What does the membership of Pakistan and India in Shanghai Cooperation Organization (SCO) mean? Is it a confirmation that India has failed in its attempts to isolate Pakistan? Will SCO leaders help defuse tensions in South Asia?
What caused the Gulf Cooperation Council (GCC) nations led by Saudi Arabia to isolate and blockade Qatar? What is the US position on the situation? How will it affect American troops and CentCom regional HQ located in Qatar? How will this affect Iran and the Gulf? Is there a risk that Pakistan will be sucked into this crisis?
Why did British PM Theresa May misjudge the public mood when she called early parliamentary elections? Will the outcome with reduced Tory representation hurt Brexit negotiations with the European Union? How many British Indians, Pakistanis and Bangladeshis got elected to the British parliament this time? Could they with their humble backgrounds have had similar success in their countries of origin?
Viewpoint From Overseas host Faraz Darvesh discusses these questions with panelists Misbah Azam and Riaz Haq (www.riazhaq.com)
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#Qatar taps #Pakistan market with direct #Karachi-#Doha route amid #Gulf blockade @AJENews
With UAE’s regional hub off-limits, direct trade routes are opening between Doha and Karachi to boost economic ties.
Doha, Qatar - A Qatari shipping company is set to launch what it calls the fastest direct service between Doha and the Pakistani port city of Karachi this week, as the Gulf state seeks to establish new trade routes amid a land, air and sea blockade from its Arab neighbours.
State-run conglomerate Milaha is overseeing the weekly venture, with the first vessel due to arrive at the newly-inaugurated Hamad Port outside the Qatari capital on September 11 following a transit time of four days - compared to a normally six-to-seven-day journey.
"We have been vigorously ramping up our operations between Qatar and key Asian markets in response to growing demand from traders, importers, and exporters on both sides," said Abdulrahman Essa Al-Mannai, Milaha president and chief executive officer, in a statement ahead of the launch.
The move comes as Qatar counters economic sanctions imposed by Saudi Arabia, the United Arab Emirates (UAE), Bahrain and Egypt three months ago.
The four Arab nations severed all diplomatic and trade ties with Qatar on June 5 over allegations of supporting "terrorism". Qatar strongly denies the claims.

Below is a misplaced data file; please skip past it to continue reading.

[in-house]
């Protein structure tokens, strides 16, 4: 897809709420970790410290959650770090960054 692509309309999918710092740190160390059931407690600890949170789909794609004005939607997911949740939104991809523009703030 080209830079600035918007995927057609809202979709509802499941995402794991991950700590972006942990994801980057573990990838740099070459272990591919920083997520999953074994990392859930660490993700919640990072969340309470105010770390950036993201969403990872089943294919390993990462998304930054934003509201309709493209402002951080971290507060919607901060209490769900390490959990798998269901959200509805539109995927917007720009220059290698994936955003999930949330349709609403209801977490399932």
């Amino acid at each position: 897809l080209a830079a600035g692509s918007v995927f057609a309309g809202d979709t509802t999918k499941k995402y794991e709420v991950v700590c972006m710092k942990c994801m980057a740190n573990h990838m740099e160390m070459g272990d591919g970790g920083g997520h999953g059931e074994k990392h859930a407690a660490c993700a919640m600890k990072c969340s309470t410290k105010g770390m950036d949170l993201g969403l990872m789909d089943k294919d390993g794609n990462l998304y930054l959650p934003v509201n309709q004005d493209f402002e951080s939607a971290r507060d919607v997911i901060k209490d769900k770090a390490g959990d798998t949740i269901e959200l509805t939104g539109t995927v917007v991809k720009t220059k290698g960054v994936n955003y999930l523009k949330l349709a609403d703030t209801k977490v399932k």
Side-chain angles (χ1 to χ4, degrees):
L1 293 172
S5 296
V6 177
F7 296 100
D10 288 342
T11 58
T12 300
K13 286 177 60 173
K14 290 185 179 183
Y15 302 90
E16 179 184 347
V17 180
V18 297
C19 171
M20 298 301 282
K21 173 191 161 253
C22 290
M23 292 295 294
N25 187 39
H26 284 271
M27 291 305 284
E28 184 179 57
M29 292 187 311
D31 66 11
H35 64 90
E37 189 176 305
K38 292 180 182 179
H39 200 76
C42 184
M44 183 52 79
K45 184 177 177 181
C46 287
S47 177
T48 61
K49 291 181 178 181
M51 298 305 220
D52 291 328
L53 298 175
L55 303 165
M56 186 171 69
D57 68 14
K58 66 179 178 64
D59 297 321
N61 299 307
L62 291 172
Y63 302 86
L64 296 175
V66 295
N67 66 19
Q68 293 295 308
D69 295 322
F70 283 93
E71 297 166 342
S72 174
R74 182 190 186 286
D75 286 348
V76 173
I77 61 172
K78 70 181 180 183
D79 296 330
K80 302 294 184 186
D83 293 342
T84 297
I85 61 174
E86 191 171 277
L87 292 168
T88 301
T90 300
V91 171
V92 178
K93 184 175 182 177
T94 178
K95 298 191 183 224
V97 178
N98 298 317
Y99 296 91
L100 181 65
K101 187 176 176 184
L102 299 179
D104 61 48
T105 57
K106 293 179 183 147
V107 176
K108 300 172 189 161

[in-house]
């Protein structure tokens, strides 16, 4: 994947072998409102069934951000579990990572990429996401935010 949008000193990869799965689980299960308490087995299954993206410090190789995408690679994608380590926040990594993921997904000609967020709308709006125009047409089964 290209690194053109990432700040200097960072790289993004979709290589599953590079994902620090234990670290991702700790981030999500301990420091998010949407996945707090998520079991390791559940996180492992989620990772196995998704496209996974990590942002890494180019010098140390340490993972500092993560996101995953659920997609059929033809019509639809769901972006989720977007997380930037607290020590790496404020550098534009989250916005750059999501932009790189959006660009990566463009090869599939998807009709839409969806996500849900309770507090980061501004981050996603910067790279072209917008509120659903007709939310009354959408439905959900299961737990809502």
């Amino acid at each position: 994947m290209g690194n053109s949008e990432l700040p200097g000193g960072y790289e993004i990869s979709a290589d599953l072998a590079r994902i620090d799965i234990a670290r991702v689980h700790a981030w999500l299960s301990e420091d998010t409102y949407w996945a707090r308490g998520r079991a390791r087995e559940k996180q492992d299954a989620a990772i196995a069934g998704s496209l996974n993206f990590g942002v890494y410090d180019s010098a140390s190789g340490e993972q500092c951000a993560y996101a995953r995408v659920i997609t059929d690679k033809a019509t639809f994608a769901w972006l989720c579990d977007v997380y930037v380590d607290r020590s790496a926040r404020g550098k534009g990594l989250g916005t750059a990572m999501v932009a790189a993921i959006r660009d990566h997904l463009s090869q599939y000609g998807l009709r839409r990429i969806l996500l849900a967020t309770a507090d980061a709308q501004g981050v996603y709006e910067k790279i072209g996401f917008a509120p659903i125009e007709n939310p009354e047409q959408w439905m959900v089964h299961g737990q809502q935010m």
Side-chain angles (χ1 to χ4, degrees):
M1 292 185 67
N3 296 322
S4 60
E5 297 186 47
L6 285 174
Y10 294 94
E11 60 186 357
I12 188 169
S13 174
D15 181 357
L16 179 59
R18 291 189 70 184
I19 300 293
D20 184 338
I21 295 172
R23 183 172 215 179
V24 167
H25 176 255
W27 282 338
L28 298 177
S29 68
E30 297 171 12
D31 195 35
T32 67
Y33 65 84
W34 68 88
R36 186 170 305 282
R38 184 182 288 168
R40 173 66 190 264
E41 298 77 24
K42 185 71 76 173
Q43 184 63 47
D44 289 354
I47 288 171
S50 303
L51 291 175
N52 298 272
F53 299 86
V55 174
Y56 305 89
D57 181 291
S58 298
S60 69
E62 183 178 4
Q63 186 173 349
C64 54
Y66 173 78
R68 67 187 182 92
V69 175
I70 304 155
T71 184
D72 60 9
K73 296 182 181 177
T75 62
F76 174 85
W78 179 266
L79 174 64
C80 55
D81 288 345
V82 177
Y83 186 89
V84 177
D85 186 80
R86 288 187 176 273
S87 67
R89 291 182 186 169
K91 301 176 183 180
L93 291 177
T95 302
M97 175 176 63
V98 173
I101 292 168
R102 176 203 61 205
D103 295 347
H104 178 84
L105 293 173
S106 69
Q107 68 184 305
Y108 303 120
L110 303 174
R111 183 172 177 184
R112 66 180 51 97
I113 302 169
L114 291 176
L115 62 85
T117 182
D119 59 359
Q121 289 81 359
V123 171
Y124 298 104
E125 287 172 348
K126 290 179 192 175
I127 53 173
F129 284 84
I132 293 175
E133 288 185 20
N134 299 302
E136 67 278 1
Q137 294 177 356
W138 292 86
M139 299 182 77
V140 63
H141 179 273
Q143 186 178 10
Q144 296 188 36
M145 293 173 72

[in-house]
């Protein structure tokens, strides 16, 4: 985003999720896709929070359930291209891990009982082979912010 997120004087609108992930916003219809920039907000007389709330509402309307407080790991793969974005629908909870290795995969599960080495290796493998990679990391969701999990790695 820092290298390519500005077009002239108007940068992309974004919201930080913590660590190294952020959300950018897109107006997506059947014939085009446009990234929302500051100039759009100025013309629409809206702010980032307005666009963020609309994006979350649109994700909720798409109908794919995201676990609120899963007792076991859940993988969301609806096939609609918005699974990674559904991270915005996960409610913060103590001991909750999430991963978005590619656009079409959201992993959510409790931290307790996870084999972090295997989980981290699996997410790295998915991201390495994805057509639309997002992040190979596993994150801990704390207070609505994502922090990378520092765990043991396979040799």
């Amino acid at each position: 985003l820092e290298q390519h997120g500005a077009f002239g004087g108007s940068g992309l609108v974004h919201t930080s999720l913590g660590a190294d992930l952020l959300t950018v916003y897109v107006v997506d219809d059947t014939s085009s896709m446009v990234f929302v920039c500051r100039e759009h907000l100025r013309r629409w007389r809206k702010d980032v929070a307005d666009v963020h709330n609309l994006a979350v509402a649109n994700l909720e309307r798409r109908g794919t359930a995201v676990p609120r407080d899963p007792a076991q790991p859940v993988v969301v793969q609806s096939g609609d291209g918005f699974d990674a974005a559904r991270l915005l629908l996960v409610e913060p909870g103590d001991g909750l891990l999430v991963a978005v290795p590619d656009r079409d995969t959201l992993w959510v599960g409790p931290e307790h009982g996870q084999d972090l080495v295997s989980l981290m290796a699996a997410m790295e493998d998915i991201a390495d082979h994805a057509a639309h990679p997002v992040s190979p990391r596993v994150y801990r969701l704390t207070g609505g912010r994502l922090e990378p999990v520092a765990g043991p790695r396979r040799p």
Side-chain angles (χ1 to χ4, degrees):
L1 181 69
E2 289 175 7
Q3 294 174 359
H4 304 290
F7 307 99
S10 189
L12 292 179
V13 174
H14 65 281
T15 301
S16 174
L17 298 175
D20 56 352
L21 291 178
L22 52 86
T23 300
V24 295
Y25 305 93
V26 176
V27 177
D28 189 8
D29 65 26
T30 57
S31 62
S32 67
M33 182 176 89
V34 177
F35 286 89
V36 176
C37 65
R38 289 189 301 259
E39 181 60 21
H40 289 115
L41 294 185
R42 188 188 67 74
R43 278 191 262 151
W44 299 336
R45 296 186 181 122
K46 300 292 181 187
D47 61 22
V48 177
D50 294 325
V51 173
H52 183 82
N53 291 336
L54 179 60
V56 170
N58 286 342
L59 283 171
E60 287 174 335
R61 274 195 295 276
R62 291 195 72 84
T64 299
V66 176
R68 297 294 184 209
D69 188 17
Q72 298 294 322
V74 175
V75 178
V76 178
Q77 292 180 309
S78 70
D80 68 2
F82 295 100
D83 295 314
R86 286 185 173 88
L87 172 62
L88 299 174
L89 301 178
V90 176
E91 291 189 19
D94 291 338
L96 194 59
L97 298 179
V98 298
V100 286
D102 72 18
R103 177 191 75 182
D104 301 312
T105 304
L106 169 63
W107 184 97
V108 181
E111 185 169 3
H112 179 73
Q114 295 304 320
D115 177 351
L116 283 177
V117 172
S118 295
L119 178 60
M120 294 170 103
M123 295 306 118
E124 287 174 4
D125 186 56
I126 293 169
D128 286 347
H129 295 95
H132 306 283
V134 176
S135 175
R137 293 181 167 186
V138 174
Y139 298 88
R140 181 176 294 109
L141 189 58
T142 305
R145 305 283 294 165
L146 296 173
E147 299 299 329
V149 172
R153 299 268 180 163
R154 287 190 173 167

Prior to the dispute, most of Doha's shipments to and from Pakistan docked at Dubai's Jebel Ali port - a regional hub.
But with the Emirati port now out of bounds as a trans-shipment centre, Qatari companies are increasingly exploring alternative links to effectively penetrate the Asian market.
Besides the direct route, Qatar and Pakistan are also trading via Oman's Sohar port.
"We used to trade via Jebel Ali in Dubai, but because of the restrictions and the ongoing Gulf situation, we are now going direct so Qatar can capture Pakistan's market," Babar Rauf, sales and marketing manager of Rahmat Shipping, Milaha's Pakistani agent, told Al Jazeera.
Earlier in August, Qatar Ports Management Company, Mwani, also kickstarted its direct shipping line between Doha and Karachi operated by the Asian firm Wan Hai.
Milaha's new service, called PQX, will mainly bring perishable products and other food items, such as seafood, fruits and vegetables, from Pakistan.
#Turkey, #Iran, #Pakistan see big trade boost with #Qatar after #Saudi led blockade @AJENews
The move by Turkey, Iran and Pakistan to increase bilateral trade with Qatar, following a Saudi-led blockade, has benefited all four countries, according to experts.
Saudi Arabia, the United Arab Emirates (UAE), Egypt and Bahrain cut diplomatic ties with Qatar and imposed a land, air and sea blockade on it on June 5.
Speaking on Sunday on the sidelines of the Gulf Studies Forum in Qatar's capital, Doha, analysts said the crisis has helped Iran, Pakistan and Turkey increase bilateral trade with Qatar, as well as open new commercial routes and strengthen political ties.
Pakistan, which has historically held strong ties with all GCC countries, chose to stay neutral in the immediate aftermath of the blockade. However, its then Prime Minister Nawaz Sharif visited Riyadh in an offer to mediate between the GCC countries.
Sharif, who spent seven years in exile in Saudi Arabia following a military coup against his government in 1999, urged all countries to "find an early resolution to the impasse" in a statement issued from his office following his return.
However, the statement went on to reaffirm "the strong commitment of the government of Pakistan to the territorial integrity and sovereignty of the Saudi kingdom".
This subtle tilt towards Saudi Arabia was down to Sharif's long history with the Kingdom and its rulers, according to Zahid Shahab Ahmed, of Pakistan's National University of Science and Technology.
"Sharif has long-standing personal interests in Saudi Arabia. His family has invested heavily in the country while they were in exile there," Ahmed told Al Jazeera.
Sharif also relied on Qatari leadership in his fight against the Panama Papers corruption charges, which is why "Pakistan found itself in a situation where it was stuck in a fight between two brothers.
"It opted for the middle ground and it has benefited Pakistan's relationship with Qatar. There has been the opening of a direct trade route between Pakistani and Qatari ports, Pakistan has agreed to send more workforce to Qatar and the LNG agreement was already in place," said Ahmed.
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